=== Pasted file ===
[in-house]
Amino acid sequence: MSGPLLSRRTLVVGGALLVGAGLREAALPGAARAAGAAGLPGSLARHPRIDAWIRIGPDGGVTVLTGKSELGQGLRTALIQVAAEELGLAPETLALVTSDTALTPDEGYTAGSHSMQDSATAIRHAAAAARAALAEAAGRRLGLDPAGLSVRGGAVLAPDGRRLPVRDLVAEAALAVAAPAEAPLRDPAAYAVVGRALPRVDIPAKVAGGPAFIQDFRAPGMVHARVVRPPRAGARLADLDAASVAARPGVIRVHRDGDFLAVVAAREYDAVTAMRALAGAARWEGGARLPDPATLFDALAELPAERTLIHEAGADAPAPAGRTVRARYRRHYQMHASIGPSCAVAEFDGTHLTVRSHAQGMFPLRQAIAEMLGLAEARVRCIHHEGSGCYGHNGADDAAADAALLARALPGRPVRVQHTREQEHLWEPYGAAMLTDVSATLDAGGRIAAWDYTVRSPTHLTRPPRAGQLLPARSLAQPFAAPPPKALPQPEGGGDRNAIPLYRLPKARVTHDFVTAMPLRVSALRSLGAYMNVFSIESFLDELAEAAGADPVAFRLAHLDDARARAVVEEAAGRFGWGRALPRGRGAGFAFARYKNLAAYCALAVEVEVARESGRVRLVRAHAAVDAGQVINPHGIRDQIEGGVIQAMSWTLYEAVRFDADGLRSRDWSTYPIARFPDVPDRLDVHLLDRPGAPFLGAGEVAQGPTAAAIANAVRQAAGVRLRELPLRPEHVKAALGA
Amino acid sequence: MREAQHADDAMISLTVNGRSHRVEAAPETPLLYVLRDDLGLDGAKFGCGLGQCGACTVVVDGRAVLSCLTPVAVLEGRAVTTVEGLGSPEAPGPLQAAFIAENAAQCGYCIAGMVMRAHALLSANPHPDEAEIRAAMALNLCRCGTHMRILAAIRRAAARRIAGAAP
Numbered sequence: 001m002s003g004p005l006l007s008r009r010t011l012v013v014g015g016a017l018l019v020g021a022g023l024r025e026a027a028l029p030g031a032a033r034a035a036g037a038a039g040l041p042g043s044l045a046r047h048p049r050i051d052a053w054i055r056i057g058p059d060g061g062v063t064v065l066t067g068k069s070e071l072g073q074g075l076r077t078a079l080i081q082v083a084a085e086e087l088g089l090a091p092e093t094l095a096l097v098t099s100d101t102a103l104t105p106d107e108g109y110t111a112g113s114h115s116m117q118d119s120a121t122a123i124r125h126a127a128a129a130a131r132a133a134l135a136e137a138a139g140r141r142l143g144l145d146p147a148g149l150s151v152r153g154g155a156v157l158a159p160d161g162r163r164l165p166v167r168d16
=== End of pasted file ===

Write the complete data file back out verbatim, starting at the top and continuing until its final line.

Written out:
[in-house]
Amino acid sequence: MSGPLLSRRTLVVGGALLVGAGLREAALPGAARAAGAAGLPGSLARHPRIDAWIRIGPDGGVTVLTGKSELGQGLRTALIQVAAEELGLAPETLALVTSDTALTPDEGYTAGSHSMQDSATAIRHAAAAARAALAEAAGRRLGLDPAGLSVRGGAVLAPDGRRLPVRDLVAEAALAVAAPAEAPLRDPAAYAVVGRALPRVDIPAKVAGGPAFIQDFRAPGMVHARVVRPPRAGARLADLDAASVAARPGVIRVHRDGDFLAVVAAREYDAVTAMRALAGAARWEGGARLPDPATLFDALAELPAERTLIHEAGADAPAPAGRTVRARYRRHYQMHASIGPSCAVAEFDGTHLTVRSHAQGMFPLRQAIAEMLGLAEARVRCIHHEGSGCYGHNGADDAAADAALLARALPGRPVRVQHTREQEHLWEPYGAAMLTDVSATLDAGGRIAAWDYTVRSPTHLTRPPRAGQLLPARSLAQPFAAPPPKALPQPEGGGDRNAIPLYRLPKARVTHDFVTAMPLRVSALRSLGAYMNVFSIESFLDELAEAAGADPVAFRLAHLDDARARAVVEEAAGRFGWGRALPRGRGAGFAFARYKNLAAYCALAVEVEVARESGRVRLVRAHAAVDAGQVINPHGIRDQIEGGVIQAMSWTLYEAVRFDADGLRSRDWSTYPIARFPDVPDRLDVHLLDRPGAPFLGAGEVAQGPTAAAIANAVRQAAGVRLRELPLRPEHVKAALGA
Amino acid sequence: MREAQHADDAMISLTVNGRSHRVEAAPETPLLYVLRDDLGLDGAKFGCGLGQCGACTVVVDGRAVLSCLTPVAVLEGRAVTTVEGLGSPEAPGPLQAAFIAENAAQCGYCIAGMVMRAHALLSANPHPDEAEIRAAMALNLCRCGTHMRILAAIRRAAARRIAGAAP
Numbered sequence: 001m002s003g004p005l006l007s008r009r010t011l012v013v014g015g016a017l018l019v020g021a022g023l024r025e026a027a028l029p030g031a032a033r034a035a036g037a038a039g040l041p042g043s044l045a046r047h048p049r050i051d052a053w054i055r056i057g058p059d060g061g062v063t064v065l066t067g068k069s070e071l072g073q074g075l076r077t078a079l080i081q082v083a084a085e086e087l088g089l090a091p092e093t094l095a096l097v098t099s100d101t102a103l104t105p106d107e108g109y110t111a112g113s114h115s116m117q118d119s120a121t122a123i124r125h126a127a128a129a130a131r132a133a134l135a136e137a138a139g140r141r142l143g144l145d146p147a148g149l150s151v152r153g154g155a156v157l158a159p160d161g162r163r164l165p166v167r168d16